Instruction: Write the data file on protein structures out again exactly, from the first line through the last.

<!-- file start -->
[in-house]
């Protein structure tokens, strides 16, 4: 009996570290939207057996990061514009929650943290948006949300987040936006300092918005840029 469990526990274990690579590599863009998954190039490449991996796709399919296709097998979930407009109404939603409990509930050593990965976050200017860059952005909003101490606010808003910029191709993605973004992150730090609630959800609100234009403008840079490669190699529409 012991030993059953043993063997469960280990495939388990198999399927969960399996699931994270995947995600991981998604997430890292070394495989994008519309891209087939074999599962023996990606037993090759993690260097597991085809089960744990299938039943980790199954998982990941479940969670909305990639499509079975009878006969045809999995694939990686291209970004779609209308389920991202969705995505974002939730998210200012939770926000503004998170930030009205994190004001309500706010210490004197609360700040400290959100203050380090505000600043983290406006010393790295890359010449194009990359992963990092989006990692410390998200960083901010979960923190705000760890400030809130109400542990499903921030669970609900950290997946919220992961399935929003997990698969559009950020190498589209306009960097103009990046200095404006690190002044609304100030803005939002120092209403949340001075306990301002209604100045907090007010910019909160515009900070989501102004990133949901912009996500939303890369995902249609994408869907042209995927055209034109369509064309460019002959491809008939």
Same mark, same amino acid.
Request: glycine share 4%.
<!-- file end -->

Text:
[in-house]
């Protein structure tokens, strides 16, 4: 009996570290939207057996990061514009929650943290948006949300987040936006300092918005840029 469990526990274990690579590599863009998954190039490449991996796709399919296709097998979930407009109404939603409990509930050593990965976050200017860059952005909003101490606010808003910029191709993605973004992150730090609630959800609100234009403008840079490669190699529409 012991030993059953043993063997469960280990495939388990198999399927969960399996699931994270995947995600991981998604997430890292070394495989994008519309891209087939074999599962023996990606037993090759993690260097597991085809089960744990299938039943980790199954998982990941479940969670909305990639499509079975009878006969045809999995694939990686291209970004779609209308389920991202969705995505974002939730998210200012939770926000503004998170930030009205994190004001309500706010210490004197609360700040400290959100203050380090505000600043983290406006010393790295890359010449194009990359992963990092989006990692410390998200960083901010979960923190705000760890400030809130109400542990499903921030669970609900950290997946919220992961399935929003997990698969559009950020190498589209306009960097103009990046200095404006690190002044609304100030803005939002120092209403949340001075306990301002209604100045907090007010910019909160515009900070989501102004990133949901912009996500939303890369995902249609994408869907042209995927055209034109369509064309460019002959491809008939």
Same mark, same amino acid.
Request: glycine share 4%.